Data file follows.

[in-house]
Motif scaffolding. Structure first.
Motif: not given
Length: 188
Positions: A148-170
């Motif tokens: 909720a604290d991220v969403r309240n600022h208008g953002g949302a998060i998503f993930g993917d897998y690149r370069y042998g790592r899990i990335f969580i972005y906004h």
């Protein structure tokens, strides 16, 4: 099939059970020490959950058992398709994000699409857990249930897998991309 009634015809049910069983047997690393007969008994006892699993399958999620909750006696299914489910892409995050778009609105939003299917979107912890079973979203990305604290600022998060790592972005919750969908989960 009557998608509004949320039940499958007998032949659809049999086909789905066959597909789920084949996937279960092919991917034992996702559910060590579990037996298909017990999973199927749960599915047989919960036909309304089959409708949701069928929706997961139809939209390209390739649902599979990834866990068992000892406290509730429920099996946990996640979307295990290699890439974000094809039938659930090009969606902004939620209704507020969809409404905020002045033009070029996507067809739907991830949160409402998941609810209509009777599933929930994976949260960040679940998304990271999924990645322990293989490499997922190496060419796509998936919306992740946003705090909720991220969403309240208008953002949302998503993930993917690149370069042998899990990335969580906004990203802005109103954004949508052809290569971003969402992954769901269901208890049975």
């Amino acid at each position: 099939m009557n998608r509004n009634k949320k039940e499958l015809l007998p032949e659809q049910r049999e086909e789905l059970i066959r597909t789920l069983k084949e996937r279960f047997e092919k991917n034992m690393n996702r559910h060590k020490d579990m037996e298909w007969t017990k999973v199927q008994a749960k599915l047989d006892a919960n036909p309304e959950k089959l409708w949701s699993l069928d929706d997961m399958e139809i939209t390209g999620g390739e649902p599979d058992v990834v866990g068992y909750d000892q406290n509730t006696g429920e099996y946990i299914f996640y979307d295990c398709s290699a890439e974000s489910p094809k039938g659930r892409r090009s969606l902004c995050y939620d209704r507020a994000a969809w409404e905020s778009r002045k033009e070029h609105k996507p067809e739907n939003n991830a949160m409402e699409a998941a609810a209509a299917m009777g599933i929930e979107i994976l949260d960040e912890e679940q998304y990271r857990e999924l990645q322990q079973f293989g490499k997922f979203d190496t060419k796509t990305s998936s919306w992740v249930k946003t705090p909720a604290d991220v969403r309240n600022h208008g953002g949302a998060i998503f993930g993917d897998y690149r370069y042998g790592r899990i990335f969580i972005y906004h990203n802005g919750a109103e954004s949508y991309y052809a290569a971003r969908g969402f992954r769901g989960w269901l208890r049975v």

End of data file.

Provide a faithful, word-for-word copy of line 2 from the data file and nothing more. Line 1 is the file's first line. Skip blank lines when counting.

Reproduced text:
Motif scaffolding. Structure first.